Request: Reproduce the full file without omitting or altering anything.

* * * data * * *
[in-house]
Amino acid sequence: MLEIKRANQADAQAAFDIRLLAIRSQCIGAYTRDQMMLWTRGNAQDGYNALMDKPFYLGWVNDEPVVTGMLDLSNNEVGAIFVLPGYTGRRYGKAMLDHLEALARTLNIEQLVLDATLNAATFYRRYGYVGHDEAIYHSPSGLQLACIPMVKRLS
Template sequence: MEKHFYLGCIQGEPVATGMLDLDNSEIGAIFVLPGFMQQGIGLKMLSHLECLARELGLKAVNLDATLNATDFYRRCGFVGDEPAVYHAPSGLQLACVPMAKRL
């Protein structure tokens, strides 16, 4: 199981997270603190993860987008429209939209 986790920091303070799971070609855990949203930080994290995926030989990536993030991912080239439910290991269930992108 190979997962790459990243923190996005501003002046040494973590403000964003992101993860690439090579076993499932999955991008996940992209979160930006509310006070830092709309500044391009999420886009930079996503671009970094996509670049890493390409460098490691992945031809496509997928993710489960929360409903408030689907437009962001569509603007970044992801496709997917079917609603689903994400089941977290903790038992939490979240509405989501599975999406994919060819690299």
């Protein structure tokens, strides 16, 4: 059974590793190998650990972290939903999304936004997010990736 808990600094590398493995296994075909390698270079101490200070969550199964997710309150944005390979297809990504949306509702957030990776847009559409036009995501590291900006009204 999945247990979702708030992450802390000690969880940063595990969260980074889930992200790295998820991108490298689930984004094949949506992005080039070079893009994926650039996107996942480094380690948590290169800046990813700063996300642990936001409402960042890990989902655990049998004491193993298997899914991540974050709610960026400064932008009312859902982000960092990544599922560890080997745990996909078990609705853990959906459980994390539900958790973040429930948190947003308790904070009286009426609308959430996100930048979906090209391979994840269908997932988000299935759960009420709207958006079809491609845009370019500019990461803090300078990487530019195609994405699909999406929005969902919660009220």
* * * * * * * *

[in-house]
Amino acid sequence: MLEIKRANQADAQAAFDIRLLAIRSQCIGAYTRDQMMLWTRGNAQDGYNALMDKPFYLGWVNDEPVVTGMLDLSNNEVGAIFVLPGYTGRRYGKAMLDHLEALARTLNIEQLVLDATLNAATFYRRYGYVGHDEAIYHSPSGLQLACIPMVKRLS
Template sequence: MEKHFYLGCIQGEPVATGMLDLDNSEIGAIFVLPGFMQQGIGLKMLSHLECLARELGLKAVNLDATLNATDFYRRCGFVGDEPAVYHAPSGLQLACVPMAKRL
């Protein structure tokens, strides 16, 4: 199981997270603190993860987008429209939209 986790920091303070799971070609855990949203930080994290995926030989990536993030991912080239439910290991269930992108 190979997962790459990243923190996005501003002046040494973590403000964003992101993860690439090579076993499932999955991008996940992209979160930006509310006070830092709309500044391009999420886009930079996503671009970094996509670049890493390409460098490691992945031809496509997928993710489960929360409903408030689907437009962001569509603007970044992801496709997917079917609603689903994400089941977290903790038992939490979240509405989501599975999406994919060819690299």
């Protein structure tokens, strides 16, 4: 059974590793190998650990972290939903999304936004997010990736 808990600094590398493995296994075909390698270079101490200070969550199964997710309150944005390979297809990504949306509702957030990776847009559409036009995501590291900006009204 999945247990979702708030992450802390000690969880940063595990969260980074889930992200790295998820991108490298689930984004094949949506992005080039070079893009994926650039996107996942480094380690948590290169800046990813700063996300642990936001409402960042890990989902655990049998004491193993298997899914991540974050709610960026400064932008009312859902982000960092990544599922560890080997745990996909078990609705853990959906459980994390539900958790973040429930948190947003308790904070009286009426609308959430996100930048979906090209391979994840269908997932988000299935759960009420709207958006079809491609845009370019500019990461803090300078990487530019195609994405699909999406929005969902919660009220």